Tuesday, February 21, 2012


I can remember my first winter in Germany.  It was gray and dull and not too cold but cold enough that you couldn't be outside for long amounts of time.  Then came February.  Again, gray, dull and cold, but towards the end of the month, just before Lent, I started seeing lots of people dressed up like Halloween.  Igor took me to a (very funny and strange) concert/party at our local neighborhood meeting room (Bornheim Saalbau), where I had my first exposure to German "Schlager" music (no idea how to describe this music...) and to Germans during Fasching time. 

Basically, this holiday originates from wanting to be as foolish/without morals/without boundaries as possible right before the Lentin time.  (not something our family supports.)  There's Rose Monday and Fasching (Tuesday - Fasnacht for the Pennsylvania Dutch), where you can buy tons of "kreppels"  (doughnuts) right before you give up sugar for Lent.  Parades, dressing up in costumes, eating lots of sweets - this is what I acquaint with Fasching.  And like Halloween, the origins and some of the customs are opposite to what we think is good and right.  However (like Halloween), I'm glad we're now in a time where we can enjoy the light-hearted side of Fasching by celebrating with costumes (we have knights, vikings, princesses, and Roman soldiers in our house this year).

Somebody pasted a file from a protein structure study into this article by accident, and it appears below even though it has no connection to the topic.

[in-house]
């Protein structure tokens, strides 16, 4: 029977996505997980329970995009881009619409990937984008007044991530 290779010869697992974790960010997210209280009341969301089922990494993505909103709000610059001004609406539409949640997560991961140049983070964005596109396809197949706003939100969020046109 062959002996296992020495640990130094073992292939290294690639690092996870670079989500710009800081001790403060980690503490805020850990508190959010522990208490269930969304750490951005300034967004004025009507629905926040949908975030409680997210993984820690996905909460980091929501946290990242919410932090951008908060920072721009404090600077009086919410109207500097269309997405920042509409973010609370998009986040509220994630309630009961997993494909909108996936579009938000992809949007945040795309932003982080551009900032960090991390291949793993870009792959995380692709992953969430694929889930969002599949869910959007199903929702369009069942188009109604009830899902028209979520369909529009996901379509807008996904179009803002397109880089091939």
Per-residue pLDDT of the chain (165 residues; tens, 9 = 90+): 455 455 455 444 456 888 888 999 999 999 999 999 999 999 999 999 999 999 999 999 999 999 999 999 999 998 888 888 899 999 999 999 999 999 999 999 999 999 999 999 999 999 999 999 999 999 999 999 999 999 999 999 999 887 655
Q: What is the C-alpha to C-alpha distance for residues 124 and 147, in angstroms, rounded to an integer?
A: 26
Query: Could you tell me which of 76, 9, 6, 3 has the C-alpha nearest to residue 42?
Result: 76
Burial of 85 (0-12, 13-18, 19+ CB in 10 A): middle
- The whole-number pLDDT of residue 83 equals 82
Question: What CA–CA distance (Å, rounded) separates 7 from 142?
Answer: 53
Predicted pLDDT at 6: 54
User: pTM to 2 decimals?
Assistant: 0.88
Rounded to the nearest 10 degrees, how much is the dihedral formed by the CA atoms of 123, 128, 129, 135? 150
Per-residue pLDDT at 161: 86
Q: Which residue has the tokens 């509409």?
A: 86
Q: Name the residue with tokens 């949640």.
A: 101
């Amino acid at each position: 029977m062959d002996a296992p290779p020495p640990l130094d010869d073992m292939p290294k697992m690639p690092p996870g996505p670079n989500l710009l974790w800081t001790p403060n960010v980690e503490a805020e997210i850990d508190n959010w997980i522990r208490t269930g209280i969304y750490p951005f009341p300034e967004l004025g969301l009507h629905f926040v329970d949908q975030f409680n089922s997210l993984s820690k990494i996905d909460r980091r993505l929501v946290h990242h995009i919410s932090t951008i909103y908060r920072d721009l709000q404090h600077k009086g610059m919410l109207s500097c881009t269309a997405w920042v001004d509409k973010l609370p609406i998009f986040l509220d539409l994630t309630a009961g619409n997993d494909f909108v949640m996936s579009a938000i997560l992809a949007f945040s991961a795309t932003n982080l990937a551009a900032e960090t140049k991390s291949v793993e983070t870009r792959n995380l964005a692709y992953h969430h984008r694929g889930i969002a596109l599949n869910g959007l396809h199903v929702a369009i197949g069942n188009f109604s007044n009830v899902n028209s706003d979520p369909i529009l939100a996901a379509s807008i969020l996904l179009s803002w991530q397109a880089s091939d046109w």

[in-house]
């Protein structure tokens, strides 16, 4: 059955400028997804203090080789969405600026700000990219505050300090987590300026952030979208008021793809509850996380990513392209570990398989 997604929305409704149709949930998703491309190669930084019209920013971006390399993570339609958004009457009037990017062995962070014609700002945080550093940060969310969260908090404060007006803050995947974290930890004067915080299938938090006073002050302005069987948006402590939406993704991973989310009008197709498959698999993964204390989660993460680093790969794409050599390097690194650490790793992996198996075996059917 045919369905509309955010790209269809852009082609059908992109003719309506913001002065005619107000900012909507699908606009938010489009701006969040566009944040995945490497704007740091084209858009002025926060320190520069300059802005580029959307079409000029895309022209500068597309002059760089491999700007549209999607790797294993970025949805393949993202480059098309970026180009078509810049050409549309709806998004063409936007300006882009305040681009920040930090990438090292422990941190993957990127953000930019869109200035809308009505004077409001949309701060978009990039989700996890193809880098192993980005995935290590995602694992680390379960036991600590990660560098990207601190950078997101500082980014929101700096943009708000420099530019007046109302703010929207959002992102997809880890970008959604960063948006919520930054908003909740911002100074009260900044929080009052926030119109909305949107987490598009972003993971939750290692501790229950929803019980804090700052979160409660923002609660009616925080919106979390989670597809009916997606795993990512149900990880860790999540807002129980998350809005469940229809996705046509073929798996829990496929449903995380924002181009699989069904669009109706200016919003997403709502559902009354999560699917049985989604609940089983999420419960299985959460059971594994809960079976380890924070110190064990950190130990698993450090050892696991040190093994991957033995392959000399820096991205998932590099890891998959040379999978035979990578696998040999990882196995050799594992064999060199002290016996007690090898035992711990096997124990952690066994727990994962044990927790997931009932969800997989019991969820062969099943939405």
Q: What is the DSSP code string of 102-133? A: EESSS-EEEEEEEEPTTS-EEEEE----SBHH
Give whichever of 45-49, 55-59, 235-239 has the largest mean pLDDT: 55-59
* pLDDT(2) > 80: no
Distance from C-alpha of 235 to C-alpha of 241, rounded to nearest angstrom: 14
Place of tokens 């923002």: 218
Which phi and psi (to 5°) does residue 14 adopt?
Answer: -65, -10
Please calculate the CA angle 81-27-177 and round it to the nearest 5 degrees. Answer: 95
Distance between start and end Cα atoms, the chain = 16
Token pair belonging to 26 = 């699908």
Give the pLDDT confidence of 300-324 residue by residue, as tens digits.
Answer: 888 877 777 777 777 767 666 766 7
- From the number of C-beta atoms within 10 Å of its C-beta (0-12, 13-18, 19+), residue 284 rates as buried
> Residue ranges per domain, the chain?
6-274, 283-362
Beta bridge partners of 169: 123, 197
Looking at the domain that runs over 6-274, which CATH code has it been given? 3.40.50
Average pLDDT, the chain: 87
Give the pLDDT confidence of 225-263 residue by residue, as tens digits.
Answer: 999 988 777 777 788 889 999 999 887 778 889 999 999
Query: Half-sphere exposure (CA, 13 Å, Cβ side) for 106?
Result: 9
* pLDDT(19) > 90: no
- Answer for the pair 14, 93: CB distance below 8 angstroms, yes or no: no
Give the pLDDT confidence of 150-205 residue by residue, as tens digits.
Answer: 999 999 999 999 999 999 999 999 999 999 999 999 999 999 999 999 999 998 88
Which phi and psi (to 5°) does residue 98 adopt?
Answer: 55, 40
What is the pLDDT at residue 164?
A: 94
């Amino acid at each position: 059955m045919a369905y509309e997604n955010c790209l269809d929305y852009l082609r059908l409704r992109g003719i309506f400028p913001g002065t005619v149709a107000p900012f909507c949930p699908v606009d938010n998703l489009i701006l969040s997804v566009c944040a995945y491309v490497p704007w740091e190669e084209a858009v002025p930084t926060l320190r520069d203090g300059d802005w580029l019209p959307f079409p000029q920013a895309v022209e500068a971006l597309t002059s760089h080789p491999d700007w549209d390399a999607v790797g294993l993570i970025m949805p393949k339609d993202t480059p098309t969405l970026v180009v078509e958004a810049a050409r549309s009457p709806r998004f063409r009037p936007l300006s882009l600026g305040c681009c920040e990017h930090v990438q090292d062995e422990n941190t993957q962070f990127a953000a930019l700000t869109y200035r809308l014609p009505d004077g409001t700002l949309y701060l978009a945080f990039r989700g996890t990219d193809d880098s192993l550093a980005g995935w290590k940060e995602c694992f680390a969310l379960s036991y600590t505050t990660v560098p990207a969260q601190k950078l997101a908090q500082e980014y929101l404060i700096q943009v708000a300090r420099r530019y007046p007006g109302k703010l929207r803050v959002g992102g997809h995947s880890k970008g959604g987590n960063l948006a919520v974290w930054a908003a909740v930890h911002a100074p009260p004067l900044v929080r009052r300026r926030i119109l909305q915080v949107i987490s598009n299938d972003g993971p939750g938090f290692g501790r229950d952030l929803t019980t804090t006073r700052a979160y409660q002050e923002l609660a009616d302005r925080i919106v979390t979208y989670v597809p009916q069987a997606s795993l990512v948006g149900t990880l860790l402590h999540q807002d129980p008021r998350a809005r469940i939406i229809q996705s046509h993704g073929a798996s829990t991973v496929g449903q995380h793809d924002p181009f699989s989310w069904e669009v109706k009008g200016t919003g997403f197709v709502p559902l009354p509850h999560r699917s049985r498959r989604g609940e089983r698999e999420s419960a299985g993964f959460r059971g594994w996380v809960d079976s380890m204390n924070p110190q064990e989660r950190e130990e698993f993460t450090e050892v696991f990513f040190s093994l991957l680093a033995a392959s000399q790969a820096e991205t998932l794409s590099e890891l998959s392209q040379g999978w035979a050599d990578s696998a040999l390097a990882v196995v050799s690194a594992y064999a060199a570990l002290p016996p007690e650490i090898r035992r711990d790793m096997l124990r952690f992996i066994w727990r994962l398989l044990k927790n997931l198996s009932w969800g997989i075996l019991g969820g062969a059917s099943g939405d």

We spent the afternoon with some friends from Monkey's kindergarten who live directly on the parade route - perfect.  I stayed inside with Bubba and the other little ones (and some moms) while Igor helped teach Monkey and Sissy the finer points of gathering much candy/free stuff (it's amazing what gets handed out at parades - soup, roses, beer, "gluhwein" (hot spiced wine)).

At the end of the day, this was definitely a fun way to spend a Tuesday:)

Does your town or country have traditions specific to just your area?  Have you ever dressed up for Fasching/Fasnacht?

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